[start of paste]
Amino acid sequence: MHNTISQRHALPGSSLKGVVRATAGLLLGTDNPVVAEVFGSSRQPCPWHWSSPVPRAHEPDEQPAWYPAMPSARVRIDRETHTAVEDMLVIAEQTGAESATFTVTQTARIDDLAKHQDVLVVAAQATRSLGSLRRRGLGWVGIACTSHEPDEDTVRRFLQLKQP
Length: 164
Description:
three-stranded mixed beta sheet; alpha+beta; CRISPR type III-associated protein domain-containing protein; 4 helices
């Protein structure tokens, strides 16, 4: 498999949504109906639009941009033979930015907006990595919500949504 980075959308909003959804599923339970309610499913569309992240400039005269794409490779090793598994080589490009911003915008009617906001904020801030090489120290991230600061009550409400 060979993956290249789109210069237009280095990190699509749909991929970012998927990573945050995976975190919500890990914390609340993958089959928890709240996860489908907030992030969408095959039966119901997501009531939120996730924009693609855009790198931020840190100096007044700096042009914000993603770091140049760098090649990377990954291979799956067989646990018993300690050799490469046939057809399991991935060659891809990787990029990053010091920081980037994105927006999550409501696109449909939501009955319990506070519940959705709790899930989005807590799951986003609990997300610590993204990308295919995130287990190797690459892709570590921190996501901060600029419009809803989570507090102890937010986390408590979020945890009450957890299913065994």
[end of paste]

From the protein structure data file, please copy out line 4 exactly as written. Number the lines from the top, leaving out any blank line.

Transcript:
three-stranded mixed beta sheet; alpha+beta; CRISPR type III-associated protein domain-containing protein; 4 helices